AT HOME W/ JANIE KRUSE GARNETT
Words by Brienne Walsh
Photography by Max Burkhalter
Florals by Asmite Gherezgiher
Growing up in a home in Westchester County, New York, without a television set, Jane Kruse Garnett was encouraged to play outside to stave off boredom. "Everyone else my age group was playing computer games, and my mother was like, 'Go outside, eat dirt,'" recalls Garnett. Inspired by books such as the adventure series "Swallows and Amazons" by Arthur Ransome, and the fantasy novels of Elizabeth Goudge, Garnett spent many a happy day building houses out of twigs and grass for the fairies who lived by the stream in her mother's garden. Her fantasies were fueled by her parents, who descended from art collectors and rumored spies and would travel to seven different grocery stores just so their daughter could try a persimmon she read about in a book.
HER FATHER'S INTEREST IN CLASSICAL ARCHITECTURE WAS ANOTHER GUIDING FORCE.
Garnett never stopped wanting to make fairy houses. "As an adult, you can't really have twig houses in your home or apartment because that's weird," she laughs. So instead, working under her own name, Garnett makes tableware, cufflinks, and jewelry out of silver, gold, and precious gemstones. "It's the exact same process [as the fairy houses] except now I do them with wax and cast them in precious metals," she says. Her line of objects also includes silk scarves and cashmere shawls emblazoned with classical architectural elements and landscapes redolent of Slim Aarons, as well as bed linens designed for spending long days in your country house, reading in bed.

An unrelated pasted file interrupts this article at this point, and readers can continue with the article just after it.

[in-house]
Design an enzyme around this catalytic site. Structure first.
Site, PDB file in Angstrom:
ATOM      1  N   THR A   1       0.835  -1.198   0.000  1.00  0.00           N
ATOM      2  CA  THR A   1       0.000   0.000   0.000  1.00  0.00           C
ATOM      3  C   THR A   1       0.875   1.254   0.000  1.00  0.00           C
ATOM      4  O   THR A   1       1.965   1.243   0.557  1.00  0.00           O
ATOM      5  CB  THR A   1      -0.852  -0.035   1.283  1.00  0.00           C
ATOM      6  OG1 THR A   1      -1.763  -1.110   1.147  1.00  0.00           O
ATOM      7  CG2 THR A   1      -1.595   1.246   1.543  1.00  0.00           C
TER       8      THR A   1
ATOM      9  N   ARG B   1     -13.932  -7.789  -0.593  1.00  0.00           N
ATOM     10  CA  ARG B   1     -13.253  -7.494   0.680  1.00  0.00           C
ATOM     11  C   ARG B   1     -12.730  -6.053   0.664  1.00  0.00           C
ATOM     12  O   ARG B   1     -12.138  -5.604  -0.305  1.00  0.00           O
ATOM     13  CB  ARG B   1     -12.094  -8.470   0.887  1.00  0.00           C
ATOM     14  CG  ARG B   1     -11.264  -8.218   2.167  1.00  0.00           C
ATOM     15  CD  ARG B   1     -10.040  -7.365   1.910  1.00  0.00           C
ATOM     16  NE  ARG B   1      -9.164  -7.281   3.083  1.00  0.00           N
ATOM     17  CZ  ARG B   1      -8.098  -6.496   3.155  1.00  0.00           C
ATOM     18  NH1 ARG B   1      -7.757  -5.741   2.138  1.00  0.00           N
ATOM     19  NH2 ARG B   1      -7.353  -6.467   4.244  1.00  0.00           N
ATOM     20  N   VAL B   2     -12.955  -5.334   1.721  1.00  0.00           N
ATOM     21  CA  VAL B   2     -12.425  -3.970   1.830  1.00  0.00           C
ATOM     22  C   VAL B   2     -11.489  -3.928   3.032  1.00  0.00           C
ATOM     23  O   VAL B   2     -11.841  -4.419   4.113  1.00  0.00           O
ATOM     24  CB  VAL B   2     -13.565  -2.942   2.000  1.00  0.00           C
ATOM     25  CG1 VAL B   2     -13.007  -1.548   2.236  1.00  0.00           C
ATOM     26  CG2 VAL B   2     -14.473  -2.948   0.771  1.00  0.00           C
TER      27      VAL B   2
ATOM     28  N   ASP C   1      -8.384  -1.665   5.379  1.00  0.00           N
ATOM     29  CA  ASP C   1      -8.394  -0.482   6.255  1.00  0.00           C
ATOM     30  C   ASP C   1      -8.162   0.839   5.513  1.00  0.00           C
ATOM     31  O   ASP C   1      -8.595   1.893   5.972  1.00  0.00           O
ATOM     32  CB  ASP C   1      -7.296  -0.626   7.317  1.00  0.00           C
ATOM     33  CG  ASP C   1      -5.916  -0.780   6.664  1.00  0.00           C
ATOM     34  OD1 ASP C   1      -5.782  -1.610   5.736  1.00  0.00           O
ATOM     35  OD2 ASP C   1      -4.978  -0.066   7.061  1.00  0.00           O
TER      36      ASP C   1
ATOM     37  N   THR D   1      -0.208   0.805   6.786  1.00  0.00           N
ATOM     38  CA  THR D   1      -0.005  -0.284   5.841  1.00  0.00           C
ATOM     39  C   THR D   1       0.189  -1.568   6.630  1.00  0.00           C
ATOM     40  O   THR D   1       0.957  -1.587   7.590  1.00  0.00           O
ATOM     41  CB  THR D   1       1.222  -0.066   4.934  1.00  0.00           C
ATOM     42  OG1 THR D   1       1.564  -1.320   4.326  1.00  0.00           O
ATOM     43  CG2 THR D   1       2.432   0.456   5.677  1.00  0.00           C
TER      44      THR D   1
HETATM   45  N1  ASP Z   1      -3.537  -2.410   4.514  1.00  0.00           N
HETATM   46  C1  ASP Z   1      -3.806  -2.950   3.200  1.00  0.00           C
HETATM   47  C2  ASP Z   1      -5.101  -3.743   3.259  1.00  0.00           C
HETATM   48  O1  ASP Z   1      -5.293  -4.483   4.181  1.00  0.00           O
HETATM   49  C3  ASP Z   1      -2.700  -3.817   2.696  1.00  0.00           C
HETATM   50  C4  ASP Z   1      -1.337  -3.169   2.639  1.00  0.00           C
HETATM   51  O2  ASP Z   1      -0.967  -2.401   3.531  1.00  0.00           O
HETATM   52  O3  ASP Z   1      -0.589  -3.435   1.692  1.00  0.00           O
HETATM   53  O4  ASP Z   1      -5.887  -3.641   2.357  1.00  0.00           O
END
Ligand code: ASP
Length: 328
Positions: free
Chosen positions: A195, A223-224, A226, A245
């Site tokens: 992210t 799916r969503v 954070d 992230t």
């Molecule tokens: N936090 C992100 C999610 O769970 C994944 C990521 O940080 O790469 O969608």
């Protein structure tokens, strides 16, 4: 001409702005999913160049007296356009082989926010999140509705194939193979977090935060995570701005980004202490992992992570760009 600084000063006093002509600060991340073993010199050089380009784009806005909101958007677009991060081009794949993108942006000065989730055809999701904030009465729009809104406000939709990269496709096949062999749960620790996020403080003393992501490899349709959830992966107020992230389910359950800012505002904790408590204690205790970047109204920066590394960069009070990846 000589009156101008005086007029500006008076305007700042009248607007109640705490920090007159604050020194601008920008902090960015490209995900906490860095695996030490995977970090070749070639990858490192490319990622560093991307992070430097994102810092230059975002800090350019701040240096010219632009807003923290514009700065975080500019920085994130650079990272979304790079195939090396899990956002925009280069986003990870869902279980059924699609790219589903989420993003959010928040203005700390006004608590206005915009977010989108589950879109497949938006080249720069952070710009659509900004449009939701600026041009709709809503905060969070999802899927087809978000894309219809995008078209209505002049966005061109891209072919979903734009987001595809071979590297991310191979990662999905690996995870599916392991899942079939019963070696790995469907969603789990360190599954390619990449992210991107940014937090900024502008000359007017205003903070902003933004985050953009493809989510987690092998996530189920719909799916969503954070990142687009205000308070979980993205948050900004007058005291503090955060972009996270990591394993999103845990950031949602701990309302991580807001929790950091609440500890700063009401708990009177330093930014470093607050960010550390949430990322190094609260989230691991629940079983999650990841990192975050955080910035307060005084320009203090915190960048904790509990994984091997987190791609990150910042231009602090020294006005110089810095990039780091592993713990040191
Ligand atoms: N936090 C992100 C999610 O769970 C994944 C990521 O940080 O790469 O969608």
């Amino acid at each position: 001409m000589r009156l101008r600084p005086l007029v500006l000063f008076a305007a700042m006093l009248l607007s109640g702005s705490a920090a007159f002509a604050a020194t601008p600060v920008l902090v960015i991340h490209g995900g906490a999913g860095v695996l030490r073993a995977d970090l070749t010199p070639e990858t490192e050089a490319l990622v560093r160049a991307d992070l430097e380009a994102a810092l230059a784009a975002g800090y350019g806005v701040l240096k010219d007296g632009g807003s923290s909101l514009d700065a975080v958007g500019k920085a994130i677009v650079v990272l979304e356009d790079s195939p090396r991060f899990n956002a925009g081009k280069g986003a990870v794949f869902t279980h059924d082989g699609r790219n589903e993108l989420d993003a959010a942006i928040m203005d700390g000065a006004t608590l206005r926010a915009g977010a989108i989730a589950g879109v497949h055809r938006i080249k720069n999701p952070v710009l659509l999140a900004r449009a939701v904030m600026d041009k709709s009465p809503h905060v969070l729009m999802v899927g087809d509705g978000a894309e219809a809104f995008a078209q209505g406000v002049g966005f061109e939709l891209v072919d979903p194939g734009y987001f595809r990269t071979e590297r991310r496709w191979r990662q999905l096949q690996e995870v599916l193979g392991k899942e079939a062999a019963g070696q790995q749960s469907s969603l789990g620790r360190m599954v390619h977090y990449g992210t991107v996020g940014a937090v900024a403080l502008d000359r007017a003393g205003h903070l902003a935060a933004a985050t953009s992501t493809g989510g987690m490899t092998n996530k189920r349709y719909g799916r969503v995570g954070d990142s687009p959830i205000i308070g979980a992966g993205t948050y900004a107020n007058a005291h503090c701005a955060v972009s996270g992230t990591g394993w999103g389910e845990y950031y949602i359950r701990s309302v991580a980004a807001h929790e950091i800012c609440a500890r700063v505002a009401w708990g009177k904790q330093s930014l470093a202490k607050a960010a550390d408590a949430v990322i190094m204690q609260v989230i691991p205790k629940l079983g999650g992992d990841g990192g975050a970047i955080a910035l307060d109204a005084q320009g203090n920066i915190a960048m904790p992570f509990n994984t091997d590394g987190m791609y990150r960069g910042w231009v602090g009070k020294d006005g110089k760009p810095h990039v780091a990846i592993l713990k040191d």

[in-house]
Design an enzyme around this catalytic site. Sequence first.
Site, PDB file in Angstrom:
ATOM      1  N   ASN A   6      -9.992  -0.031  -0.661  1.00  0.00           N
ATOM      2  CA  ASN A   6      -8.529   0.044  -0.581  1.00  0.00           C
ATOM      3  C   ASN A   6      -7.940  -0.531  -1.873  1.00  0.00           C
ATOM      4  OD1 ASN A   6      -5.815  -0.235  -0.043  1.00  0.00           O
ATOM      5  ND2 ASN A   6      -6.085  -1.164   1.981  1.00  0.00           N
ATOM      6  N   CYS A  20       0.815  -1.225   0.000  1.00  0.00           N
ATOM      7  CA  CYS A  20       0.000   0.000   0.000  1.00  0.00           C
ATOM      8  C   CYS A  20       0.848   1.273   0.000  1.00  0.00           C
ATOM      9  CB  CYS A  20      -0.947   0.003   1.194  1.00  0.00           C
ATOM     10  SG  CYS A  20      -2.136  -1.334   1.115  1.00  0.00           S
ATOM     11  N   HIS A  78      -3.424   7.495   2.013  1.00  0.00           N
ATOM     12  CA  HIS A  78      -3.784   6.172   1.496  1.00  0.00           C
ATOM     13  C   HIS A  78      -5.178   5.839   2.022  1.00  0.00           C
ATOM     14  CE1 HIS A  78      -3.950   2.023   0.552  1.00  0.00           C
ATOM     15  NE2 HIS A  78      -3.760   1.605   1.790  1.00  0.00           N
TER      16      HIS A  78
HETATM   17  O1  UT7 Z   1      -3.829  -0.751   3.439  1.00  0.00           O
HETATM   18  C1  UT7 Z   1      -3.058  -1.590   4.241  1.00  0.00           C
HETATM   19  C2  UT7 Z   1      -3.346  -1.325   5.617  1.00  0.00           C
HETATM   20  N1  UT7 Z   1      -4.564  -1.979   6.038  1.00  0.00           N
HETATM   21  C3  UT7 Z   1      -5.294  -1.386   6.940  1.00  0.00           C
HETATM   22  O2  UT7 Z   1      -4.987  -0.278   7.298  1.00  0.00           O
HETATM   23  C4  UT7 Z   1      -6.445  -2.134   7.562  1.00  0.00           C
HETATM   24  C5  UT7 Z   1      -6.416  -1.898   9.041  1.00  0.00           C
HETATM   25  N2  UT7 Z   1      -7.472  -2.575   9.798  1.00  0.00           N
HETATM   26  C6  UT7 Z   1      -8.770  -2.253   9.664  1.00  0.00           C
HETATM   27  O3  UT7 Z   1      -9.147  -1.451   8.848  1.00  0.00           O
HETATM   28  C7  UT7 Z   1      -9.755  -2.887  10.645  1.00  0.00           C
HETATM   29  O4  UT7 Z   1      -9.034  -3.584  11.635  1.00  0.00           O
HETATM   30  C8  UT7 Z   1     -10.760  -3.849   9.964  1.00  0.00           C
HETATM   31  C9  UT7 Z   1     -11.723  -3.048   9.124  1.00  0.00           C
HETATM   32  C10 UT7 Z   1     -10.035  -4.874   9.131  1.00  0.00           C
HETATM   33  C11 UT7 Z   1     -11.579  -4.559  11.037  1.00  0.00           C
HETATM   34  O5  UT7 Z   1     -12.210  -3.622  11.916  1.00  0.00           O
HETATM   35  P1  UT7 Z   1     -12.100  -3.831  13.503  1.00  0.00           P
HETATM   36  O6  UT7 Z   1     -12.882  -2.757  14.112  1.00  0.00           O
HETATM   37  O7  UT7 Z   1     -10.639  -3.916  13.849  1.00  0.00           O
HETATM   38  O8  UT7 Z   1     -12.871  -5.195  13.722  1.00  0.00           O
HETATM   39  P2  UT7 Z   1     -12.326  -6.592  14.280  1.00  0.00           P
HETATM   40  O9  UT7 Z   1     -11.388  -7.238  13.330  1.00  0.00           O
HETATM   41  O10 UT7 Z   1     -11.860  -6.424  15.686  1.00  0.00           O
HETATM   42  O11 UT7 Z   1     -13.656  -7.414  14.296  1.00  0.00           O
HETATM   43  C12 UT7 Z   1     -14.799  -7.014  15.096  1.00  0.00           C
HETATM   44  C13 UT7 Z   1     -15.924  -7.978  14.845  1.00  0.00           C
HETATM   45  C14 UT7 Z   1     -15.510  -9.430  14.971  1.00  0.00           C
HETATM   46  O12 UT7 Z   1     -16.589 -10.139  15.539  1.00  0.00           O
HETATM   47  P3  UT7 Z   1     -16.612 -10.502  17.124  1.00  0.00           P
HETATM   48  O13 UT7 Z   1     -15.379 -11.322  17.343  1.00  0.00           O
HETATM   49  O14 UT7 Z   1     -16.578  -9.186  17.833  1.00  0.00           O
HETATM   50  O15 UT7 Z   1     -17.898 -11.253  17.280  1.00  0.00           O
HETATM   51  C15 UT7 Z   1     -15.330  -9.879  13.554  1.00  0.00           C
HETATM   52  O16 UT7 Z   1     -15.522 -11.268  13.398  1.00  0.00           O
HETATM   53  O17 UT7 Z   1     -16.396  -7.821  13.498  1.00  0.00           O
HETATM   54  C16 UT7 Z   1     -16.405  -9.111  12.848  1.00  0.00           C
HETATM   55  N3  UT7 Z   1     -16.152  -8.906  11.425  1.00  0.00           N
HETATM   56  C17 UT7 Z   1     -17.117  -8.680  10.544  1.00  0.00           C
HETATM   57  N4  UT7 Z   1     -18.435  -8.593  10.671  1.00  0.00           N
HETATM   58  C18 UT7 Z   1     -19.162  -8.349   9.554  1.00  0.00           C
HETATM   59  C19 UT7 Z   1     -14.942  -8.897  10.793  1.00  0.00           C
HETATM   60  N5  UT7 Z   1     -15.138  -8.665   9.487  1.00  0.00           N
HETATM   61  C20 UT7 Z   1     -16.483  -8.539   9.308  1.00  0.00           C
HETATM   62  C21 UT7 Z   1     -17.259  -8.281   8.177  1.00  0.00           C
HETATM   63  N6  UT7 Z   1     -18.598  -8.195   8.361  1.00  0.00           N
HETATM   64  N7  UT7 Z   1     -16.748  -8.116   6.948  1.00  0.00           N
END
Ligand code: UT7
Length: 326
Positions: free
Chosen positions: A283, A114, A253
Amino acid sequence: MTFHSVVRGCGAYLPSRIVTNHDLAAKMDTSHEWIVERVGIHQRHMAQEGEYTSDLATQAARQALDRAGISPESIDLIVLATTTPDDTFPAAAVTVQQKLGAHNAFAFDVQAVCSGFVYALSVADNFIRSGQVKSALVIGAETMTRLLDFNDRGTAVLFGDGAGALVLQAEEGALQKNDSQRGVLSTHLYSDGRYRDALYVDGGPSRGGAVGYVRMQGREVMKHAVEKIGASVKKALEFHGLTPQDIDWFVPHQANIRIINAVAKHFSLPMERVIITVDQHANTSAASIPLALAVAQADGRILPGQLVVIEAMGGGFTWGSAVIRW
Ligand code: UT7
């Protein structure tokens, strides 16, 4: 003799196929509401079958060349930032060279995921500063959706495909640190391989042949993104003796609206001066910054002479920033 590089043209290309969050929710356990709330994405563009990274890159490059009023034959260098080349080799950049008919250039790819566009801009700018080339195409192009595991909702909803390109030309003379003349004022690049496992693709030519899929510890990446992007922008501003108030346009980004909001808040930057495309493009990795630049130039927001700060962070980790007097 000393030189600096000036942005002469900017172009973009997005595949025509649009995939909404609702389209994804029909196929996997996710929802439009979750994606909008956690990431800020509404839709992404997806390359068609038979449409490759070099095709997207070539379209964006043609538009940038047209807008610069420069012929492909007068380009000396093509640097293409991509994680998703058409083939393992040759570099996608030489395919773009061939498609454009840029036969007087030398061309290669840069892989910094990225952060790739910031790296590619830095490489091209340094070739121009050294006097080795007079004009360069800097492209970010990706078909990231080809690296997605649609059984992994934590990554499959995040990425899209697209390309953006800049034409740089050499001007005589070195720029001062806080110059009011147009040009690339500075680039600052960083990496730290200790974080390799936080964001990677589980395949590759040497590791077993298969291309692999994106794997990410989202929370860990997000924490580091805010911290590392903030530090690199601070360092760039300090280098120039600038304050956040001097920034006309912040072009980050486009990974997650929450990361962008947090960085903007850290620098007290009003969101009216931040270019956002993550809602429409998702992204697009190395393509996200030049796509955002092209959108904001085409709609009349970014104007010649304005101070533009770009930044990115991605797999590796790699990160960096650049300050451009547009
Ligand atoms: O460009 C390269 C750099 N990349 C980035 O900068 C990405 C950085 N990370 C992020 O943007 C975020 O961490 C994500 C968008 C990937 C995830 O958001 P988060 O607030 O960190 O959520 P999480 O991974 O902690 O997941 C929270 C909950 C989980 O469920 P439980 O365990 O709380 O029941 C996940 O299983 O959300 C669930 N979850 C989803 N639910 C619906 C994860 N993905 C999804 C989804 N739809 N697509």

Garnett's first foray into design came when she was a student at Central Saint Martins – University of the Arts in London in 2012. While spending the weekend at a friend's home in Hampton, she observed a group of women leaving their Louis Vuitton luggage out on the terrace so that it could be "broken in" by the sun. She realized at that moment that she wanted to make jewelry that was similarly imbued with patina. Objects that were precious but not sacrosanct, worn with ease while digging in the dirt or having cocktails, passed down through generations. "You're meant to live in [my jewelry], and it's good that you live in it," she says. "The aesthetic already makes you feel elegant regardless of what your fingers look like."
"I HAVE ALWAYS IDENTIFIED AS THE SECOND SON OF SOME SORT OF FADING BRITISH ARISTOCRATIC FAMILY THAT HAS GOOD ANTIQUES, BUT THEY'RE NOT THE BEST ANTIQUES"